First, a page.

Properties of definite integrals (1 Viewer)

notme123

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The middle is another semicircle. Try subbing in u=x-3 for the middle.
This way you'll get

which is a semicircle. Specifically the area of this is I think
PS pretend the square brackets are the bounds
 
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tito981

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I don’t get how you integrated the middle yet?
He didnt integrate, he realized it was a semi circle and after a sub and then he used the area of a circle formula to find the area beneath the curve. This is just an instance where it is easier to use properties of the curve rather than integrating it.
 

notme123

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I don’t get how you integrated the middle yet?
sorry for the late reply, like tito said I subbed in u=x-3 and the equation turned into a semicircle, the area from u=0 to the edge of the semicircle (u=3). so the area of the integral is units squared or a quarter of the circle's area.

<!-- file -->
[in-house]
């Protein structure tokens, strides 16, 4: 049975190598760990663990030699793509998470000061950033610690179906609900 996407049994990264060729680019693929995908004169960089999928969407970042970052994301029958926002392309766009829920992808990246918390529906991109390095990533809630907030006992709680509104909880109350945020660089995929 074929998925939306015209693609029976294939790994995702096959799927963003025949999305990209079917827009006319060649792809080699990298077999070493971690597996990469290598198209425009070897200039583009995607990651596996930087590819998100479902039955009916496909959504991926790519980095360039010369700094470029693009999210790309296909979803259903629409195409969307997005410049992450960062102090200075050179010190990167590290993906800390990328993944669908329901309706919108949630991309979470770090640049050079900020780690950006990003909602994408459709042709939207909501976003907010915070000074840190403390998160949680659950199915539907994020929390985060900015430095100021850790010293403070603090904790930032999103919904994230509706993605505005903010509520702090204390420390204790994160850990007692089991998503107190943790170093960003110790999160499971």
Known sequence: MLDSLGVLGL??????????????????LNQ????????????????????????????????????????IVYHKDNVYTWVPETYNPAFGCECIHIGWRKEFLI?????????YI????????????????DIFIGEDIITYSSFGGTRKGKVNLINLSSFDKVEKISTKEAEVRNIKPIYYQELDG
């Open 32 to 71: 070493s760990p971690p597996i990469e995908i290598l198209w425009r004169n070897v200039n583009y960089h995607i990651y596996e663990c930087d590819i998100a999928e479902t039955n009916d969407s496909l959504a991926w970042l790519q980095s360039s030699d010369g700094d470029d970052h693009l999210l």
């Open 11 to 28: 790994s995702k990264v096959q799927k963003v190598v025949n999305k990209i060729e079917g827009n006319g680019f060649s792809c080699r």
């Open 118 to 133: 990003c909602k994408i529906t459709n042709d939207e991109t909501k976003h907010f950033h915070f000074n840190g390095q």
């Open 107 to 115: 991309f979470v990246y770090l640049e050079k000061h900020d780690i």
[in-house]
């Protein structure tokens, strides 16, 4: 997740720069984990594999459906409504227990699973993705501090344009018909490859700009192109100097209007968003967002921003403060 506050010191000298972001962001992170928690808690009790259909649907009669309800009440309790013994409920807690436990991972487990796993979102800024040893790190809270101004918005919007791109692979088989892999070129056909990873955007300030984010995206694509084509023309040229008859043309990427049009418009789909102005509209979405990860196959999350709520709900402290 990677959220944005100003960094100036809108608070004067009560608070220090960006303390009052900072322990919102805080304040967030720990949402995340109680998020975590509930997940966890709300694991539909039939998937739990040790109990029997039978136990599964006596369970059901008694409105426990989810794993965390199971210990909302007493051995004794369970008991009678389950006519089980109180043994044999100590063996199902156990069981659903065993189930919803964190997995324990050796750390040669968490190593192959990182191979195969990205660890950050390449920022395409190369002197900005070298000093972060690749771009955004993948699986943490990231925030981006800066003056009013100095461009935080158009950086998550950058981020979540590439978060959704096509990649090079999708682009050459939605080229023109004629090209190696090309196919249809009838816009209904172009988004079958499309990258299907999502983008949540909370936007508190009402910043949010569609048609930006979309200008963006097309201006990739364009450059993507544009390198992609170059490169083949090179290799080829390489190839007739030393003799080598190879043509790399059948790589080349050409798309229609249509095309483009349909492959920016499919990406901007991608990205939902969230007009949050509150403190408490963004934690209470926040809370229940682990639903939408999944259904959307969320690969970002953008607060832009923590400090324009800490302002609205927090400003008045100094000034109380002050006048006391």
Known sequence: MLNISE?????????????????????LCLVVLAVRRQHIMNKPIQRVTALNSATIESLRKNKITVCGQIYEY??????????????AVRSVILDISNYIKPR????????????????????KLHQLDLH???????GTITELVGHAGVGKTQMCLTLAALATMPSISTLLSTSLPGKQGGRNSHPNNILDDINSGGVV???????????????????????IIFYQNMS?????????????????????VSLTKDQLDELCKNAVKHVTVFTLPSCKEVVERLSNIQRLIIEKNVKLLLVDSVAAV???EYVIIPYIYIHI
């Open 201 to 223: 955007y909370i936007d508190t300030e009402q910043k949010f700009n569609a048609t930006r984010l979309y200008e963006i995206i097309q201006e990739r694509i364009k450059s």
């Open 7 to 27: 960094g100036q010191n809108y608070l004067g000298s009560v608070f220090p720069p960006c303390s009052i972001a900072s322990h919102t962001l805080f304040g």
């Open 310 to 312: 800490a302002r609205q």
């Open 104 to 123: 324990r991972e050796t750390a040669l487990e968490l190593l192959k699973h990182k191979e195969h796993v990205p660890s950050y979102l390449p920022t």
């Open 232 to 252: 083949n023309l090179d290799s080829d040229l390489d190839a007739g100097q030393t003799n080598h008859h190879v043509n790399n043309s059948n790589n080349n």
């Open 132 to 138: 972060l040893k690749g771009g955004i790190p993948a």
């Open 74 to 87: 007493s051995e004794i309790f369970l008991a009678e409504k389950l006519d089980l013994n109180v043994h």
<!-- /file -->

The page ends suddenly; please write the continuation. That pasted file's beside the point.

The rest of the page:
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sorry for the late reply, like tito said I subbed in u=x-3 and the equation turned into a semicircle, the area from u=0 to the edge of the semicircle (u=3). so the area of the integral is units squared or a quarter of the circle's area.
yup tysm!!
 

CM_Tutor

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The middle is another semicircle. Try subbing in u=x-3 for the middle.
This way you'll get

which is a semicircle. Specifically the area of this is I think
PS pretend the square brackets are the bounds
For anyone interested, the tex for putting in values on definite integrals is

\int_{min value}^{max value}

and Greek letters are written with a slash, ie:

\pi

So, the above becomes:

 

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